What a difference a couple of years can make. If The Pains Of Being Pure At Heart had released this record back then, you could almost guarantee that it would have slipped by concertedly unnoticed. Indeed, one look at the artists name and it's fair to say a host of potential suitors would have switched off immediately, no doubt nonplussed by the moniker's emo connotations.
Thankfully, its not always the wisest of moves to judge every book by the cover, and even though The Pains Of Being Pure At Heart, all dressed in its monochrome photo negative-style format doesn't exactly fit any pre-conceived stereotypes, there is something quite striking about its unpretentious, slightly understated demeanour.
There is also something quite self-explanatory about the whole packaging; The Pains Of Being Pure At Heart don't need any kind of market-researched slick aesthetic to bury what they're about. Forget the obvious reference points - pre-Creation My Bloody Valentine, Sarah Records, The Pastels and Black Tambourine - as this is an ambitious collection of songs that deserves to be recognised on its own merits rather than those that may have inspired it.
Lead singer and main songwriter Kip Berman has an uncanny knack when it comes to penning lyrics that perhaps don't fit the "oh-so-twee" vein his band look set to find themselves lumbered with. Take 'This Love Is Fucking Right!' for example, one of three songs re-recorded here from earlier releases (in this case their also self-titled debut EP). Its subject matter takes on something of an ambiguous turn when Berman announces "You're my sister...and this love is fucking right!" in quite startling fashion. For the most part, Berman seems to be dealing with much much darker issues than the fizzy pop that juxtaposedly underscores his words. He tackles what appears to be suicide ('Stay Alive'), heroin addiction ('A Teenager In Love'), and various relationship mishaps ('Contender', 'Hey Paul', 'Everything With You').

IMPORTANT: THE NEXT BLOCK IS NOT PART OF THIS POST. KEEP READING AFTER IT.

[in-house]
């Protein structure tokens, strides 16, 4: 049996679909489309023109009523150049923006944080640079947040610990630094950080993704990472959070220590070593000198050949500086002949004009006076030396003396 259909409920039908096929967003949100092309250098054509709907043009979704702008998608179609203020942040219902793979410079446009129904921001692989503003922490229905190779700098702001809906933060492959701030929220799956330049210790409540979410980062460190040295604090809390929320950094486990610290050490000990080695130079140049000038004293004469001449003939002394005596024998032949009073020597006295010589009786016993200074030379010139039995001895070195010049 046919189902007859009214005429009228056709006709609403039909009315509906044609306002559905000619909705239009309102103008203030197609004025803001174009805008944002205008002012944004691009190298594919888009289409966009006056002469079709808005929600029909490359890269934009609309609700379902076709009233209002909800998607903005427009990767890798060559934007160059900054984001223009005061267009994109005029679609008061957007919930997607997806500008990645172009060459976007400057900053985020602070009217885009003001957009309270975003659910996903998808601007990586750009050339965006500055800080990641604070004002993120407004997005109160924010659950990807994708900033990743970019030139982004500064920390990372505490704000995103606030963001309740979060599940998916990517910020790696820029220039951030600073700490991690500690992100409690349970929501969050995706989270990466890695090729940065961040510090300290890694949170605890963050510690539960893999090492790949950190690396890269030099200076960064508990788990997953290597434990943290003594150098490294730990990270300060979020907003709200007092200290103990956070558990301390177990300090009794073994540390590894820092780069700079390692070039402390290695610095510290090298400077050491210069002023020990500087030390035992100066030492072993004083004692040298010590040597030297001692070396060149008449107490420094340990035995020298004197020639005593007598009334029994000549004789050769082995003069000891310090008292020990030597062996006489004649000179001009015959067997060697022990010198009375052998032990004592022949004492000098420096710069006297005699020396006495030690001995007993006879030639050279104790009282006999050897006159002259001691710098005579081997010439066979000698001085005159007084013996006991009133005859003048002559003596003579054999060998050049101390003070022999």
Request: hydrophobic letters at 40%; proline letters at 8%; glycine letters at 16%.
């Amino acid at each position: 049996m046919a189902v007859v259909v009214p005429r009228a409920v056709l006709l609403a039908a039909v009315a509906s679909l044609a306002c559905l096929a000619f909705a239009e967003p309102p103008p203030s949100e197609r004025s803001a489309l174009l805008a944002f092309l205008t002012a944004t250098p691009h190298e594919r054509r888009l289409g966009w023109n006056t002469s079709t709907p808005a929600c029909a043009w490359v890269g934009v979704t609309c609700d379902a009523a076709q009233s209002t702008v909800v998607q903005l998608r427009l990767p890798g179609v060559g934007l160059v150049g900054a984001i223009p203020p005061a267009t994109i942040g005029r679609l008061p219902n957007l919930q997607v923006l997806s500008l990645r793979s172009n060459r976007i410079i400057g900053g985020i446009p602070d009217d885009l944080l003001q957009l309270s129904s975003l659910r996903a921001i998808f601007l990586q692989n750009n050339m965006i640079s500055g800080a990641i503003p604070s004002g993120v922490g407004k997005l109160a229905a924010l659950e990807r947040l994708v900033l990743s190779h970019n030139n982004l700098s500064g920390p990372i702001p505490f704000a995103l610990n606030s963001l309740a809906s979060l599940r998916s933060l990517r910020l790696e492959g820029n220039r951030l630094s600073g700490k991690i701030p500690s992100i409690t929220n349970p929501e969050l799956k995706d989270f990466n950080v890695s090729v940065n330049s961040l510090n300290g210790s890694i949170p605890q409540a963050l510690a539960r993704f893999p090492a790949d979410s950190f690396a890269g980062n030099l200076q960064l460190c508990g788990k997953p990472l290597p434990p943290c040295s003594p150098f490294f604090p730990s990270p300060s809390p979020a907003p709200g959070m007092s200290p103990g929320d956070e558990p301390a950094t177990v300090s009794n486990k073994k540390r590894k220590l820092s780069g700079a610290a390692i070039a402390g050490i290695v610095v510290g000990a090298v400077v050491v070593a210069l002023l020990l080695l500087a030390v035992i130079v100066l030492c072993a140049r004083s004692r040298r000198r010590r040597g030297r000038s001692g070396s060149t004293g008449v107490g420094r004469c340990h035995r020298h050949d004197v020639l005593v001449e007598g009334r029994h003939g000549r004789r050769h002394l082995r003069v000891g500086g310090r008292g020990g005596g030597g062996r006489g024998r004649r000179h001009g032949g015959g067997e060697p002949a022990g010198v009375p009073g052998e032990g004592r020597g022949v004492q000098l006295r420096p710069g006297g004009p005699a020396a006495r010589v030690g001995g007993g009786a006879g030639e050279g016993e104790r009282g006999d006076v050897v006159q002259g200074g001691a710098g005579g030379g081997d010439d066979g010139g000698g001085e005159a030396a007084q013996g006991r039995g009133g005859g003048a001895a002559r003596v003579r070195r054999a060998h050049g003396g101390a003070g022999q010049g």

It probably wouldn't come as such a surprise if it weren't for the almost incessantly happy-go-lucky crescendo of the music itself, from keyboard player Peggy Wong's radiant "la la/ooh ooh" backing interludes to the upbeat rhythm section that makes this record almost impossible to sit still to, let alone concentrate at times on Berman's implausibly sensitive musings. Or maybe that was the intention?
Whatever their game plan may be, The Pains Of Being Pure At Heart have crafted an impeccable debut way beyond their years, and any misconceptions about them being mere revivalists of a scene only their elders could recall at first hand will surely be diminished instantaneously upon hearing this most accomplished of long players. As for those of you still unconvinced, remember how long it took the aforementioned My Bloody Valentine to get from their starting point to the 'Lazy'-era TPOBPAH seem to have drawn inspiration from so comfortably; bearing that in mind, the prospects as to what this band may achieve in the future is incredibly exciting to say the least...
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